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Bill Anderson | Archive | Email |
Staff Writer

Buy or Sell? High Risk, High Reward WRs in your Draft
In fantasy football every single player has a risk associated with them, whether minimal or considerable. On the flip side, most players have some degree of reward or upside. The key in drafting and acquiring players is to weigh the risk and the reward versus the value and cost, whether that is draft capital or through a trade.

I will look deep at several players at the major fantasy positions (QB, RB, WR), analyze the risk versus reward and come to a conclusion on whether I’m buying or selling the player based on their current ADP (12 team standard leagues). Hopefully you can use this as a tool in your own draft so you maximize the value of your draft capital while taking risk/reward into account.

Note: ADP based on 12-team, standard scoring leagues.

Alshon Jeffery

With a brutal schedule and a lengthy injury history, Jeffery is overpriced at his current 4th round ADP.

Alshon Jeffery, PHI
(ADP 4.02)

Risk: There are several layers of risk with Jeffery this season. For starters, Jeffery is joining a new team after spending his first five years on the Chicago Bears. In Philadelphia he will have to learn a new system, play with yet another quarterback, and come to a high pressure situation where the unruly fans are counting on him to be the team’s number one receiver immediately.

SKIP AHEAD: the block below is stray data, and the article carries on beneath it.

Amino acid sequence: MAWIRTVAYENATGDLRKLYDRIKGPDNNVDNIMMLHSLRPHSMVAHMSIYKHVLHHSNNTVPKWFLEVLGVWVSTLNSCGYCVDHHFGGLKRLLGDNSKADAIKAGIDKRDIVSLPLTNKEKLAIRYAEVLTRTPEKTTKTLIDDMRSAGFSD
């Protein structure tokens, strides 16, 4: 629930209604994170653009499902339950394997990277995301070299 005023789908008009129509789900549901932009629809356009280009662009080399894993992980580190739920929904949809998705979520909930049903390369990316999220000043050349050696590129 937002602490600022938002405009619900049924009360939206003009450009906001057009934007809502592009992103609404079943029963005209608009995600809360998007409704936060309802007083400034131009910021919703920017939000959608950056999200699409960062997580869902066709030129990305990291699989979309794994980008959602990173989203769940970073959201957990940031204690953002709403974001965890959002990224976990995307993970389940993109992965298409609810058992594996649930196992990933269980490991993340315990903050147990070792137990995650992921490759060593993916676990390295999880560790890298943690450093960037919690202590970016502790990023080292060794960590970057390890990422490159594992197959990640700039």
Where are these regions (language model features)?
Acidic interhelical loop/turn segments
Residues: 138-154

Secondly, there is the injury history. In his five-year career, Jeffery has played 16 games just twice, playing 10, 12, and 9 games in his other three seasons. Even when on the field, he seems to be dinged up and constantly on the injury report.

Third, despite his size, Jeffery has not been a prolific touchdown scorer throughout his career, managing just 26 scores in 63 games. For reference, A.J. Green, an almost identically sized receiver, scored seven more times in his first 60 games. In Philadelphia, Jeffery should be the unquestioned number one receiver but will have plenty of competition for targets with Torrey Smith, Zach Ertz, Darren Sproles, and an apparently emerging Nelson Agholor all vying for catches. Not to mention LeGarrette Blount eating his share of red-zone touches.

If all this wasn’t enough, the Eagles schedule is brutal for receivers this year, with at least nine games against top notch defenses or units that employ a shutdown corner. At an early 4th round ADP, Jeffery simply carries more risk than the investment is worth.

Reward: As the top receiver in the free agent market this year, Jeffery settled for a one-year “prove it” deal and now has all the motivation to have the best season of his career.

Jeffery had very questionable quarterback play throughout most of his career, and while Carson Wentz is no Joe Montana, he certainly showed signs of being an effective passer last year and is the unquestioned starter for an offense that should be solid.

Speaking of the offense, the players around Jeffery are quality complementary pieces that are skilled enough to take pressure off but not talented enough to grab a large chunk of the target pie. What the Eagles have lacked for years is an outside receiver that has prototypical size, which is exactly what Jeffery brings to the table. As the biggest target on the field, Jeffery has the skill to immediately command targets at all levels of the defense and be the go-to guy inside the redzone.